Mark Jarman, one of our artists, had the idea of changing our environment into a pipe instead of a room. The rotating mechanic would work a lot better with the pipe
So I added the pipe and everyone on our team felt that the game looked a LOT better. I also began messing with the networking stuff, since George was having a hard time figuring out how to make the bullets appear on both the client and the server ( since I had implemented the code, and it is time consuming to understand the code written by someone else).
I looked into the server client model, and the way Unity implements it, and also the netwoking code written by George to transmit the player data over the network. By reproducing some of that code, I managed to instantiate the bullets on both the client and the server. I changed some of the code for the projectiles, so that the script imparting force to them after their instantiation was attached to the respective projectiles ( as opposed to being imparted by a script on the player). This ensured that the bullets would have a force applied to them on both sides of the network.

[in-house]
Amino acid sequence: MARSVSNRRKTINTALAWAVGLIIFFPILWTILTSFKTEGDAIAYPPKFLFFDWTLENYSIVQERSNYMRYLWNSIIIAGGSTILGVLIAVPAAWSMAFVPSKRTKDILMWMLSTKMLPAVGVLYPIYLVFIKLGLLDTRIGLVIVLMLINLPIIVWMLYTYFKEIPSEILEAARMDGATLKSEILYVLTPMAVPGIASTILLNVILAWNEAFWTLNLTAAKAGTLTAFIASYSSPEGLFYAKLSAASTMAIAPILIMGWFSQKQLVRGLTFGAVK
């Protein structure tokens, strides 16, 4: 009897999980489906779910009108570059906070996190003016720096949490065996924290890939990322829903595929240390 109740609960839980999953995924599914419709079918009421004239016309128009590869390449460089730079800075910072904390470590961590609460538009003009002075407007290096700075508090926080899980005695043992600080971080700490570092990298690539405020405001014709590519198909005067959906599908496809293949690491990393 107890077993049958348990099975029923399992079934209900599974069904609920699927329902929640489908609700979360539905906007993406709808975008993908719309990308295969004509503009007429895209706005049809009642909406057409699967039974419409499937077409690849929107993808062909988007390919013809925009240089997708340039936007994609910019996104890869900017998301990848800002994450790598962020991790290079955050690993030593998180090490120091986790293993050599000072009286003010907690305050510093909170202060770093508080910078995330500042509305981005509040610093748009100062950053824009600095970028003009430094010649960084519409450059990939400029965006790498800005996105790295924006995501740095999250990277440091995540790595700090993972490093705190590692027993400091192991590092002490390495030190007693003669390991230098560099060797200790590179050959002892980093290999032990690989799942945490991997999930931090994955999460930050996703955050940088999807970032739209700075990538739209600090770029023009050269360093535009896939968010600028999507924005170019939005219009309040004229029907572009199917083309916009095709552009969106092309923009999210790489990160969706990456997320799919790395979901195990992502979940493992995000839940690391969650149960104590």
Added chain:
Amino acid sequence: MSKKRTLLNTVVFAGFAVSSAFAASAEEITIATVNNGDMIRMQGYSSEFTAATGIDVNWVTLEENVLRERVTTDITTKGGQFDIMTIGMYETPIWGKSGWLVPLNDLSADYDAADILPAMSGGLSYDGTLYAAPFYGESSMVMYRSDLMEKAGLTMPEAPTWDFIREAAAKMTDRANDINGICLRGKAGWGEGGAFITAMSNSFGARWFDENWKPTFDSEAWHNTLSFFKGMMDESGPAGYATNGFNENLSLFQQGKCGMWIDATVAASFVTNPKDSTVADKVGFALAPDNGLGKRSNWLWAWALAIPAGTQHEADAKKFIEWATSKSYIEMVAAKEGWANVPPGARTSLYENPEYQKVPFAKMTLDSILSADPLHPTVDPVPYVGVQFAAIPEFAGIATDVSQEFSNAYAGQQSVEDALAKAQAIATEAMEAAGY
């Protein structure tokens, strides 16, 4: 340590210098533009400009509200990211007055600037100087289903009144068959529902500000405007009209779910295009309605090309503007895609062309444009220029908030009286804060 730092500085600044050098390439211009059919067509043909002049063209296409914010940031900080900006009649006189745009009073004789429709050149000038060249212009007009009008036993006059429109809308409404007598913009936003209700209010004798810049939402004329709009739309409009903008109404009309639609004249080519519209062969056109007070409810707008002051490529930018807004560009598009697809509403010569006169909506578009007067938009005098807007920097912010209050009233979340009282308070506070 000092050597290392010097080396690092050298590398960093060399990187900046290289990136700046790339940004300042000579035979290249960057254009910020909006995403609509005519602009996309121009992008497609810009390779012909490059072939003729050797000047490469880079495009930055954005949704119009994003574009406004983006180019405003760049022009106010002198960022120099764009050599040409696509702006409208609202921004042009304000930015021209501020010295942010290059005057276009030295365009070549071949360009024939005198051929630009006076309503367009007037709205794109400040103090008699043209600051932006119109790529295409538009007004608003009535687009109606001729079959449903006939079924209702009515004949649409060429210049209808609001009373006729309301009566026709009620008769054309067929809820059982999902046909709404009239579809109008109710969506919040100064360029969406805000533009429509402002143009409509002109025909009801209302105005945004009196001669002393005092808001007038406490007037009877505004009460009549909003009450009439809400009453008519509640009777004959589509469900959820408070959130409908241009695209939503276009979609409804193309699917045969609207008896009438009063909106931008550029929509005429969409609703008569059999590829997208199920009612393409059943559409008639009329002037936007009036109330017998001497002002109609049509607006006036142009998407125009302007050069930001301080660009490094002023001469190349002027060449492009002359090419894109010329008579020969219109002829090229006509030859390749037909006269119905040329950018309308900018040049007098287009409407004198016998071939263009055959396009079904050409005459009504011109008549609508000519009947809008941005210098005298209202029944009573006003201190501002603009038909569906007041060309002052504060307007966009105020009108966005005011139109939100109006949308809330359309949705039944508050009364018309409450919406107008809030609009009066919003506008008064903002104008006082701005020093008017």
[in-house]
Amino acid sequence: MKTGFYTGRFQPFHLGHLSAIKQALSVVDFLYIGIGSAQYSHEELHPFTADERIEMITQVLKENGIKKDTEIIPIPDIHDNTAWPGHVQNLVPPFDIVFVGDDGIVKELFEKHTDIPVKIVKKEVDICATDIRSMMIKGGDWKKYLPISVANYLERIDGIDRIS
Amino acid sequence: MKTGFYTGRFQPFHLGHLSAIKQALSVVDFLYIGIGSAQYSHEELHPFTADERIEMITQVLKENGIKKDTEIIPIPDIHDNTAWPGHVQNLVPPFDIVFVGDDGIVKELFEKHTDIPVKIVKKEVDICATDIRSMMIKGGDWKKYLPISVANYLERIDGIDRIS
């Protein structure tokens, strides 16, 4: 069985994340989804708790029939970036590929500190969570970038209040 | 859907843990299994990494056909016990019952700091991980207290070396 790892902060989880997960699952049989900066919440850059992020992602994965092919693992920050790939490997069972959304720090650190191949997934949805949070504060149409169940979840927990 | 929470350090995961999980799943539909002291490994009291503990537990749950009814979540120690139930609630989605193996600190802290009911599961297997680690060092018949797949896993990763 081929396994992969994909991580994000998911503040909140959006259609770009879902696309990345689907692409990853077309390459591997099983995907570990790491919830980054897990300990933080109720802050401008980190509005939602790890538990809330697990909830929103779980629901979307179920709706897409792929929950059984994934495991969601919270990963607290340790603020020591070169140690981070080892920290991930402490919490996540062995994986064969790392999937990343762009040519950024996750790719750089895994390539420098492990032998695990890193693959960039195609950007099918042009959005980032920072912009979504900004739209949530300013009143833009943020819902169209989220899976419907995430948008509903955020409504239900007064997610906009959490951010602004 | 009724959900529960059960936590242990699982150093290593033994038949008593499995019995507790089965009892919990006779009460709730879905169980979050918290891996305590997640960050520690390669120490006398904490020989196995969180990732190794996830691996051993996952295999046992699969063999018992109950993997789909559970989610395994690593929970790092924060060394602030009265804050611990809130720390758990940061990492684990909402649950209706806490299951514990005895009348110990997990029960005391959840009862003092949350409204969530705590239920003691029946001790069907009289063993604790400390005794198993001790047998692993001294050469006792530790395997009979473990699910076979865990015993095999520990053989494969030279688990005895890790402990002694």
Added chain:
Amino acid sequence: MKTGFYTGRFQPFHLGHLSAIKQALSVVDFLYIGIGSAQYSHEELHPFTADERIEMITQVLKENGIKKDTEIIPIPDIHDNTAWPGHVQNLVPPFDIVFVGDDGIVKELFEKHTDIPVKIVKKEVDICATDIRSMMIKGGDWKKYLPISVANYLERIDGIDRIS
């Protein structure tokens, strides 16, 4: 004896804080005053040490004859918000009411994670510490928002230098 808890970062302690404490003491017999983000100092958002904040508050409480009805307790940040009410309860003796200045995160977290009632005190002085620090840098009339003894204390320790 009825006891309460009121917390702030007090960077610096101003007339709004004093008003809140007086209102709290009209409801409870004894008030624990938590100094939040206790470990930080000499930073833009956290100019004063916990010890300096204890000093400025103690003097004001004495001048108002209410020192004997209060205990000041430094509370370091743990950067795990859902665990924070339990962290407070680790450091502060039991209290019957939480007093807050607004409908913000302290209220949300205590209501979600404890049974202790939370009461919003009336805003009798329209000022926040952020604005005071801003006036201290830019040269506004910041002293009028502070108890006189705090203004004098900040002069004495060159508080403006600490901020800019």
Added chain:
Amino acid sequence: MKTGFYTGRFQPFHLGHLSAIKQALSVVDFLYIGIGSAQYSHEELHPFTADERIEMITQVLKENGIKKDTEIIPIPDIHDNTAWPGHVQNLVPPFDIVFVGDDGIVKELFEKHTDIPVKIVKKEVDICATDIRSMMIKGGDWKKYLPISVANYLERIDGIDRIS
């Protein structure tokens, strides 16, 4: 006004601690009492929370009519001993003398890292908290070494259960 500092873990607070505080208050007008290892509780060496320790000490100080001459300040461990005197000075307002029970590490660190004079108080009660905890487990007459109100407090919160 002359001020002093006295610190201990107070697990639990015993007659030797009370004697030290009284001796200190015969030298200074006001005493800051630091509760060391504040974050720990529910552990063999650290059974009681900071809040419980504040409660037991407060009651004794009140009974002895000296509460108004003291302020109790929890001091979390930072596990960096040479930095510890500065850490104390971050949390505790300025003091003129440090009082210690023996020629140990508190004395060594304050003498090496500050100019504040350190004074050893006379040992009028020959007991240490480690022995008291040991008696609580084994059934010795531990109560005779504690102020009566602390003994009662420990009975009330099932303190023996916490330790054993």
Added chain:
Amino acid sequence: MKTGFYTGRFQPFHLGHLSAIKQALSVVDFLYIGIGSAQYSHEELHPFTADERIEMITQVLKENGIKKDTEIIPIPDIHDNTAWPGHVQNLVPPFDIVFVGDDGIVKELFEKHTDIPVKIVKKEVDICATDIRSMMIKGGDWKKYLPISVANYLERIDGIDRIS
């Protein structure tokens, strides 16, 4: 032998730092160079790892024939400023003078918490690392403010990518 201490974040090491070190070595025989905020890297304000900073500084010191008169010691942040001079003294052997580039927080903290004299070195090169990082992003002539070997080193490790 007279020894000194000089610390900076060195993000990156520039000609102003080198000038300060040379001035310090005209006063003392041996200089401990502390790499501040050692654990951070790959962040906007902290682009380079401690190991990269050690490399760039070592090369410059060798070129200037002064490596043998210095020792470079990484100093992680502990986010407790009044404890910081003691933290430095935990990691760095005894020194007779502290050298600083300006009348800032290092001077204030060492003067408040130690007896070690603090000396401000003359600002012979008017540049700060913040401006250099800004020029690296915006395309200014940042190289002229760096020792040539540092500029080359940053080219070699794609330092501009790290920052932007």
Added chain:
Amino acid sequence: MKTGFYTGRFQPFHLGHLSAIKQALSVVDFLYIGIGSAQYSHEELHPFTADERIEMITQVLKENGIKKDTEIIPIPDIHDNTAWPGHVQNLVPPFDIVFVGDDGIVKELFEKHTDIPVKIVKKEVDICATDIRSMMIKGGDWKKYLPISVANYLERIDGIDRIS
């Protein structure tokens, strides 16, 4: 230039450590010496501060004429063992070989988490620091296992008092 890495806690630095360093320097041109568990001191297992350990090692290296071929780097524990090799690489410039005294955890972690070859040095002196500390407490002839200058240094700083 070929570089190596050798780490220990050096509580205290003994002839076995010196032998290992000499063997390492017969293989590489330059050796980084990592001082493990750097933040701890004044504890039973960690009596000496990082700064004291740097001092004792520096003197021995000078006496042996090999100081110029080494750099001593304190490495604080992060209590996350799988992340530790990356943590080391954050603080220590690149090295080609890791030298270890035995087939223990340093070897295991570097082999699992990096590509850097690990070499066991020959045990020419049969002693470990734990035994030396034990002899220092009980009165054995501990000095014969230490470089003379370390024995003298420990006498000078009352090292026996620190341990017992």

But one of the major problems that persisted was to have the blocks move randomly, but the same, for both the client and the server. I tried many variations, but could not get them to behave properly. I had to give in to hard coding their values, as we were going to pitch to an industry panel in the first week of March and had tons of other stuff to do